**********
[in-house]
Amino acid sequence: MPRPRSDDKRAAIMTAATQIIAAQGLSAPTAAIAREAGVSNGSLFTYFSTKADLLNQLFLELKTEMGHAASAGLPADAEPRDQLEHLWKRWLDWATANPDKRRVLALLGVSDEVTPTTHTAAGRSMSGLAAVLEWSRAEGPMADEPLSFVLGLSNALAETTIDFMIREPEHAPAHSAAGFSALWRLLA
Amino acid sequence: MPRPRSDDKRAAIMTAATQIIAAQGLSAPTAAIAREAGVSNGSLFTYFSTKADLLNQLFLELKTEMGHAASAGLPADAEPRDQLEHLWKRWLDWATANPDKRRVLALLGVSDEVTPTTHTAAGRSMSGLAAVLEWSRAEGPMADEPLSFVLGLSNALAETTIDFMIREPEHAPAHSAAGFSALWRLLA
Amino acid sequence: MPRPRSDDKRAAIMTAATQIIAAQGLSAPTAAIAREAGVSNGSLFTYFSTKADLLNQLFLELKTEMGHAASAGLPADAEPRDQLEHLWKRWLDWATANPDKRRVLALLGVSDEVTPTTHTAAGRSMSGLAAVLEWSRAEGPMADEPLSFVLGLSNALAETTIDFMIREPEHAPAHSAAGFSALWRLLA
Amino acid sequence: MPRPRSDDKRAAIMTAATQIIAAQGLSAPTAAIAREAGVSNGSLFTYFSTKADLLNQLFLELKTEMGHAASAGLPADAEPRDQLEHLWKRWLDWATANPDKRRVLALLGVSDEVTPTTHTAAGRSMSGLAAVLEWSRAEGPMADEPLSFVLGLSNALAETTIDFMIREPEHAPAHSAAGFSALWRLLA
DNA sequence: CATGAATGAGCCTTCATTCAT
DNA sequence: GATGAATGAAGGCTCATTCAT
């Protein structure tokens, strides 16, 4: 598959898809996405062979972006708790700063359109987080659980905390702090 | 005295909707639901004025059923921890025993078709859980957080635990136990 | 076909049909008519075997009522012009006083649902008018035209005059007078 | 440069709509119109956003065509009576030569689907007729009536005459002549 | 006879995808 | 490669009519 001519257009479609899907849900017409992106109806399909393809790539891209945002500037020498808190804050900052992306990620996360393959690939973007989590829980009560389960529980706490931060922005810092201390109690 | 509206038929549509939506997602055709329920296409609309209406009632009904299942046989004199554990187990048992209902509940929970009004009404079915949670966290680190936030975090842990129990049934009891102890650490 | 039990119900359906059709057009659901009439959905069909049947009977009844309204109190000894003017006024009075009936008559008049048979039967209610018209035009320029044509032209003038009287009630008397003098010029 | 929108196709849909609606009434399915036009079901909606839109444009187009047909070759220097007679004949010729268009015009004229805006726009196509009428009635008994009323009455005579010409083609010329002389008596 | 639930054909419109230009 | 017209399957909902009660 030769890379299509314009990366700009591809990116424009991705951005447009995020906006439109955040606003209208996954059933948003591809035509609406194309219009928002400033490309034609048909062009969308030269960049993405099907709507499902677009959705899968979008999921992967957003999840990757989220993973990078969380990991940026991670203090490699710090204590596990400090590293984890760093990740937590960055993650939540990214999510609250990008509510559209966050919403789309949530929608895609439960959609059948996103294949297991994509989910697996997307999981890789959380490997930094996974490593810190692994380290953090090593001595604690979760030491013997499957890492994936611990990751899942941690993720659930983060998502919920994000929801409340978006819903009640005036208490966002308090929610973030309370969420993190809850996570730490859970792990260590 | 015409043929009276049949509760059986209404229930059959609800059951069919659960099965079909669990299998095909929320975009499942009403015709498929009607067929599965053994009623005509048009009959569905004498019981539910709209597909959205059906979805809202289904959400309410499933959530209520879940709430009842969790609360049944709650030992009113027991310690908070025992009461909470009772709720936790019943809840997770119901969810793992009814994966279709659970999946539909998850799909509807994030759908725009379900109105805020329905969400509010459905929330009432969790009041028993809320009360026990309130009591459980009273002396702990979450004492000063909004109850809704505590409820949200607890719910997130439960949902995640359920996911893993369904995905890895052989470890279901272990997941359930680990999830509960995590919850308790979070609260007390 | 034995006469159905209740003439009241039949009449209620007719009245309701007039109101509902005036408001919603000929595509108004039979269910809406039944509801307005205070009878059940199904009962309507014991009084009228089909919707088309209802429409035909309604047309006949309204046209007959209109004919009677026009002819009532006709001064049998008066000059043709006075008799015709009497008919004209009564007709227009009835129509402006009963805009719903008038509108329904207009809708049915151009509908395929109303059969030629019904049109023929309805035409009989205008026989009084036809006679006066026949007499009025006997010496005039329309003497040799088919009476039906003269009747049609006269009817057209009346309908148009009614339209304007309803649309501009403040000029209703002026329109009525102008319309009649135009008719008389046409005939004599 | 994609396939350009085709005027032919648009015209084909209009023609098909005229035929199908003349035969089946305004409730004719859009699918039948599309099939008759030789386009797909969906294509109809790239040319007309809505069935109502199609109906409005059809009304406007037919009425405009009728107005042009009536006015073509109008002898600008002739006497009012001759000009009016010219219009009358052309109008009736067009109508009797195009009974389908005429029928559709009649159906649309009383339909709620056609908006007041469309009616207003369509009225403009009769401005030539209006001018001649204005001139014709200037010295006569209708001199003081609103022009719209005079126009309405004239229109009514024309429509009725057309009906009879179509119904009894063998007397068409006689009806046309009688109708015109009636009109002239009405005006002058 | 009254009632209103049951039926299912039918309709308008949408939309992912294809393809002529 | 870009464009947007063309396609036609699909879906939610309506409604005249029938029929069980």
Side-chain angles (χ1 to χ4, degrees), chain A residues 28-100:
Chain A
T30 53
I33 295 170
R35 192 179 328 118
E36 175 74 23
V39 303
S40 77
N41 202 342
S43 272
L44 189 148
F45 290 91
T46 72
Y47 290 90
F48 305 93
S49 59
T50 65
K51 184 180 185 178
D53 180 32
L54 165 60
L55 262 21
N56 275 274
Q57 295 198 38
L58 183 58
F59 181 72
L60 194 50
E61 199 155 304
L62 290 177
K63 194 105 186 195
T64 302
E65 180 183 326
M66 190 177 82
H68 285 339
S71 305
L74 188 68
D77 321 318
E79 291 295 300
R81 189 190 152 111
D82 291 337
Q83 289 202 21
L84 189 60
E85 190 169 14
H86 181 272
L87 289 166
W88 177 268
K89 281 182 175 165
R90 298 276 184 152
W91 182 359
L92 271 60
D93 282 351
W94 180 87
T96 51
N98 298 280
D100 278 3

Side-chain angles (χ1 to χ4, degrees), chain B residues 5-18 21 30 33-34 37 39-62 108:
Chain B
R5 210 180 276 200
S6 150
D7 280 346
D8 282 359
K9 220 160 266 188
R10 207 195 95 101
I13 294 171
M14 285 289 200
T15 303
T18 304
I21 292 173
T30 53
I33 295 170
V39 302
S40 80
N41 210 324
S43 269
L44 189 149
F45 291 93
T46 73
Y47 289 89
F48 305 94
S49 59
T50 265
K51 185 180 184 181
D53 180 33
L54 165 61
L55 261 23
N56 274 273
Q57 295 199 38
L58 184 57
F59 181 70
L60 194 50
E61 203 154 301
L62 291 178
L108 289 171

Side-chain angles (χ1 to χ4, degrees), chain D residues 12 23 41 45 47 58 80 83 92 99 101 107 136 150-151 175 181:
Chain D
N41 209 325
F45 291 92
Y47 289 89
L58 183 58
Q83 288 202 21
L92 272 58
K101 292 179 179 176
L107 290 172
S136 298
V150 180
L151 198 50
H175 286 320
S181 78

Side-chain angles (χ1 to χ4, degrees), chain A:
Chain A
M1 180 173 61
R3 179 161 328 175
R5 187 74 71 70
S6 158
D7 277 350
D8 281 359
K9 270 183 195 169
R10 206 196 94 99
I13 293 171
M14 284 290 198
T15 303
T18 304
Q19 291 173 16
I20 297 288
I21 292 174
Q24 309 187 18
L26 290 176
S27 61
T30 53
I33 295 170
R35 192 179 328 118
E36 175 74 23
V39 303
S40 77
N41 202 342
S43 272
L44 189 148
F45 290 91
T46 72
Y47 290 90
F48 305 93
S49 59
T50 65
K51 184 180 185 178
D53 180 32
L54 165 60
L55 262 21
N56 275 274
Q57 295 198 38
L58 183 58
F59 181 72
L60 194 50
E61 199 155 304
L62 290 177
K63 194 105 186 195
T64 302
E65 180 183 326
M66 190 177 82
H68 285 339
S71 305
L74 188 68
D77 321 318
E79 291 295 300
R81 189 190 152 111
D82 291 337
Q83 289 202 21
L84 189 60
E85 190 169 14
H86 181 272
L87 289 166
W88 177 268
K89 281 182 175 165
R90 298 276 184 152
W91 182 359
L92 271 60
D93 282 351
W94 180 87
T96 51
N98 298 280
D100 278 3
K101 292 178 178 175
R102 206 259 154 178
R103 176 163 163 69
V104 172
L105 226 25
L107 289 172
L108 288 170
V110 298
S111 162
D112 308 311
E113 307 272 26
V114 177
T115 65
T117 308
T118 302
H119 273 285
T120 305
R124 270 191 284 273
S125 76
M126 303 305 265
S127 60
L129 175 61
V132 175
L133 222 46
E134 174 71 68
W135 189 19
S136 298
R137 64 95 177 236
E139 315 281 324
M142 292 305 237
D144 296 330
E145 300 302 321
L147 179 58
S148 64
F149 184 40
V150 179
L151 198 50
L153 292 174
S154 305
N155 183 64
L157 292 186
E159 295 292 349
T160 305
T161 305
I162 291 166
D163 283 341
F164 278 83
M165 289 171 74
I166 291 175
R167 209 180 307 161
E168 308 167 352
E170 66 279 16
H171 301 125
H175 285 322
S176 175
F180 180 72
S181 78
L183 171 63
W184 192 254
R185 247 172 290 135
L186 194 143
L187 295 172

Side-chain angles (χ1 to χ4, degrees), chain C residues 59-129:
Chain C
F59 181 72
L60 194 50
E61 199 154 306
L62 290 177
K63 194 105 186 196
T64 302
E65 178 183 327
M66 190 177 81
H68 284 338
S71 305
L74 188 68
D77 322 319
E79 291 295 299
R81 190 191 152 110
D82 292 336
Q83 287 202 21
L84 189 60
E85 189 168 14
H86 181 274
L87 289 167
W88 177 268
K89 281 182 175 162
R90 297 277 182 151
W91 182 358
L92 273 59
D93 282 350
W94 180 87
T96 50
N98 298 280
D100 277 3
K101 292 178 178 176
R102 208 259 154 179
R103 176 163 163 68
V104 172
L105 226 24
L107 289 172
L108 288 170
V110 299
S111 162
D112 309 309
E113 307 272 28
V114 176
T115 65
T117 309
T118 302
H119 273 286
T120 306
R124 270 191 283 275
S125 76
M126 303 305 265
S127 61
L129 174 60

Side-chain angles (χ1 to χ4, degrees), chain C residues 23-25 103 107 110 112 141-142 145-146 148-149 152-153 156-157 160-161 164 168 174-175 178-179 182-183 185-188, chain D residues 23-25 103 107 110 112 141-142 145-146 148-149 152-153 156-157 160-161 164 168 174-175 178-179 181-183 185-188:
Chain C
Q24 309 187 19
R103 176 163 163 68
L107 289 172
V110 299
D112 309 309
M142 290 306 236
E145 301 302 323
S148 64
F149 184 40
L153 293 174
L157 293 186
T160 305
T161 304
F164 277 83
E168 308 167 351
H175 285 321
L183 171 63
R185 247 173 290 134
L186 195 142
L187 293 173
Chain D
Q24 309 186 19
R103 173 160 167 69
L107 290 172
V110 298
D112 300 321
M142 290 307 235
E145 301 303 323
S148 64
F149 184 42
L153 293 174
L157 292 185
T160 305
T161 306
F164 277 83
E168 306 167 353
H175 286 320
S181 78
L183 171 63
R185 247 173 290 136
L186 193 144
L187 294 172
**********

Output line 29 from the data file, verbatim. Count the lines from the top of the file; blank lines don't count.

L55 262 21